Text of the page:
In the recent debate, Vice Presidential candidate Joe Biden said the wealthy would gain by paying higher taxes to lift up the middle class. The theory is that a healthy middle class is necessary for the wealthy class to thrive. Let's call that Trickle Up Economics.
Viewed in that light, the unwealthy are more like an investment opportunity than a tax burden. If you can make the poor and middle class more educated, healthy, and better employed, everyone wins. That makes sense, to a degree. But would the wealthy gain enough financially to make the extra taxes a good investment? I wonder if that has ever been studied.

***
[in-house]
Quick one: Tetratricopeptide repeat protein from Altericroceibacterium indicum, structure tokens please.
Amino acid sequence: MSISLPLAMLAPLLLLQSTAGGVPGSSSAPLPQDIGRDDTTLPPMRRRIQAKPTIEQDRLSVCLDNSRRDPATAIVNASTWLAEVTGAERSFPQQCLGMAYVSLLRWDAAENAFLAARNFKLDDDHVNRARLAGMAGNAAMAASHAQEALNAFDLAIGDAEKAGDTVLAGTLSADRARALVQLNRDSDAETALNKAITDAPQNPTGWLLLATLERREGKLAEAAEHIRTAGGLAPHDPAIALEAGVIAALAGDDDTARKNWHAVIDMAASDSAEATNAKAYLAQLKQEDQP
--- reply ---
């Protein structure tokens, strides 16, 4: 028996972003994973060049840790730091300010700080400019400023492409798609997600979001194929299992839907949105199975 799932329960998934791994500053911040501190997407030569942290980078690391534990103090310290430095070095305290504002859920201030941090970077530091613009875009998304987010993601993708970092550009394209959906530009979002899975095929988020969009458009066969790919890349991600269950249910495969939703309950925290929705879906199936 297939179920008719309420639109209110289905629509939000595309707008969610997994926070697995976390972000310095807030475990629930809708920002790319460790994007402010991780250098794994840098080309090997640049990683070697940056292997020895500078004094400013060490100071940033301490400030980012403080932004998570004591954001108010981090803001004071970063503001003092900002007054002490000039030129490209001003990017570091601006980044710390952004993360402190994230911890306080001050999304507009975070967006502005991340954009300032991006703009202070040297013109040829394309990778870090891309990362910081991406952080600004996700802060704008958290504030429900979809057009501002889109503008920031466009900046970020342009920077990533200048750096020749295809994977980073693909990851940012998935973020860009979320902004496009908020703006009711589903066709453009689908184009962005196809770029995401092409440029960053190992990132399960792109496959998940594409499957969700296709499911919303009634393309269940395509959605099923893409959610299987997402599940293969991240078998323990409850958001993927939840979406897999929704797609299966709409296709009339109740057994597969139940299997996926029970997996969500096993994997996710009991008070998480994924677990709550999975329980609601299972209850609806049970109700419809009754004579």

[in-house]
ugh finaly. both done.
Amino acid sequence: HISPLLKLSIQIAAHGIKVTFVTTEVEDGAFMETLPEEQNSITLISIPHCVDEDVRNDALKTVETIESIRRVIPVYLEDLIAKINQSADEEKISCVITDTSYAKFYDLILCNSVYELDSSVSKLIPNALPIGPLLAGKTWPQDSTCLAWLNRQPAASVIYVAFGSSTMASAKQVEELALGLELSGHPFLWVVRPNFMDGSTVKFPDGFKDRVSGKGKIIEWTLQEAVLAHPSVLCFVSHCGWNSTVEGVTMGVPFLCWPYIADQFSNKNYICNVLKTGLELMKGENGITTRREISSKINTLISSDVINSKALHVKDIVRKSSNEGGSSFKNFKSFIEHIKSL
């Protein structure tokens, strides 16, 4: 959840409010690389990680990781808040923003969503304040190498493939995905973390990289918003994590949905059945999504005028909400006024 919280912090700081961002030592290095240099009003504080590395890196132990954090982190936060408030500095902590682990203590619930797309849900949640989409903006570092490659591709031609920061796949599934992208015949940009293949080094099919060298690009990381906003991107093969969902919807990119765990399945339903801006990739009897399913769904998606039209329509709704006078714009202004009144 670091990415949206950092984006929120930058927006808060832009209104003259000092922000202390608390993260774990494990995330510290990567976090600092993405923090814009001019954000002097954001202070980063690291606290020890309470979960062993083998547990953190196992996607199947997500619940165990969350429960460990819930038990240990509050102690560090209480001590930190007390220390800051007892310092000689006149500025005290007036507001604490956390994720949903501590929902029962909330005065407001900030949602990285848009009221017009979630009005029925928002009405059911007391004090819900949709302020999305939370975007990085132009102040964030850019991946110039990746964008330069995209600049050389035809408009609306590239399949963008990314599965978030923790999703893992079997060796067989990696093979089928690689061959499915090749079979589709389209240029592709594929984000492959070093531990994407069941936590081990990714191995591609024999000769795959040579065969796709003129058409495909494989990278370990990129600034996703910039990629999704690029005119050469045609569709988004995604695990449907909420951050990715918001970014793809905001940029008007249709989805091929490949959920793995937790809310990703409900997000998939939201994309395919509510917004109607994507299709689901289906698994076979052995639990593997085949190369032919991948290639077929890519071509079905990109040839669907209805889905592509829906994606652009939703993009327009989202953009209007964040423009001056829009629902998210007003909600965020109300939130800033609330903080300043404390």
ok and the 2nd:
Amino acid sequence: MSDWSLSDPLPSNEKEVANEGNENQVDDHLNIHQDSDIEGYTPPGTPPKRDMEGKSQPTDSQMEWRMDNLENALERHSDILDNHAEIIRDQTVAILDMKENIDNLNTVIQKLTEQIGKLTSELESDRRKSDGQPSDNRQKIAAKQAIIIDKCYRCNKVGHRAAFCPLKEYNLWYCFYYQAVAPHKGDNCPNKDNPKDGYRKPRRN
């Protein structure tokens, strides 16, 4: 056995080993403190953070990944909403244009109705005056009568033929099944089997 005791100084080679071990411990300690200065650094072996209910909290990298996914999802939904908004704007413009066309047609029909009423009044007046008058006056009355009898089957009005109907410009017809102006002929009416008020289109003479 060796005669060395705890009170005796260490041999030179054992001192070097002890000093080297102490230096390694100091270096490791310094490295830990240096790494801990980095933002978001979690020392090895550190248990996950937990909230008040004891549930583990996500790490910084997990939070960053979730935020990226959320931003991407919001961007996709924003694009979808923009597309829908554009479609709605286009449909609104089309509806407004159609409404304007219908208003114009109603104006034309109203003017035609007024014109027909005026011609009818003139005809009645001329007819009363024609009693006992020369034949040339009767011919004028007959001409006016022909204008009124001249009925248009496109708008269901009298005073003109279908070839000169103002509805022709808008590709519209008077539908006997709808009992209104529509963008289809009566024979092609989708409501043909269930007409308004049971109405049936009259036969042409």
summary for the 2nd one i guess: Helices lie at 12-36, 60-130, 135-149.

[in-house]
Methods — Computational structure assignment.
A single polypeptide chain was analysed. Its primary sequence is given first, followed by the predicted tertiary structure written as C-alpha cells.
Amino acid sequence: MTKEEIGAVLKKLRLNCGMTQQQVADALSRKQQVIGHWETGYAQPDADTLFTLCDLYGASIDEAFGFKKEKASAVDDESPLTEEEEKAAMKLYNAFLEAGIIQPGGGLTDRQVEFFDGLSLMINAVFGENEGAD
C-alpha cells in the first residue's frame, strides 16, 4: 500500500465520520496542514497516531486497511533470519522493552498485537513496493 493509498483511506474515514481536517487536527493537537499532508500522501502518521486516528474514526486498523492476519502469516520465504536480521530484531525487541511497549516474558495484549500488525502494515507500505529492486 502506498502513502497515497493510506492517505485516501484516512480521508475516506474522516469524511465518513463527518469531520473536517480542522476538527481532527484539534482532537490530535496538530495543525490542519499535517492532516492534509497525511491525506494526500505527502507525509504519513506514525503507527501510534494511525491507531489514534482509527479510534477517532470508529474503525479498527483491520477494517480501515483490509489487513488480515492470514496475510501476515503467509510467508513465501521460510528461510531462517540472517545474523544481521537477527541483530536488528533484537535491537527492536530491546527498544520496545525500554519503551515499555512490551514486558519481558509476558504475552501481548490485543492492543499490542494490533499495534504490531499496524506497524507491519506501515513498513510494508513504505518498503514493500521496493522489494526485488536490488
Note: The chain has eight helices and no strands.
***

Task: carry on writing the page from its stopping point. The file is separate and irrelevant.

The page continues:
Perhaps there are too many variables to make any kind of general statement about the benefits of taxing the rich. If the government raises taxes on the wealthy and pisses away the money on sketchy wars and pork, that's probably a poor investment. If the money goes into education, healthcare, and alternative energy, that starts looking a lot more like an investment with a 10-year payoff.
Obviously higher taxes on the rich are counterproductive if it stops them from building new factories, or causes them to invest overseas. Maybe corporate taxes have to remain low no matter what, or everyone moves their operations to Ireland. You can always tax the individuals, since most people won't leave the country just to save money on taxes.
Henry Ford famously paid his factory workers more than the market rate so they would be able to afford cars. I've never seen a study of how that worked out for him. Does anyone have a link to tell me if investing in poor people benefits the rich?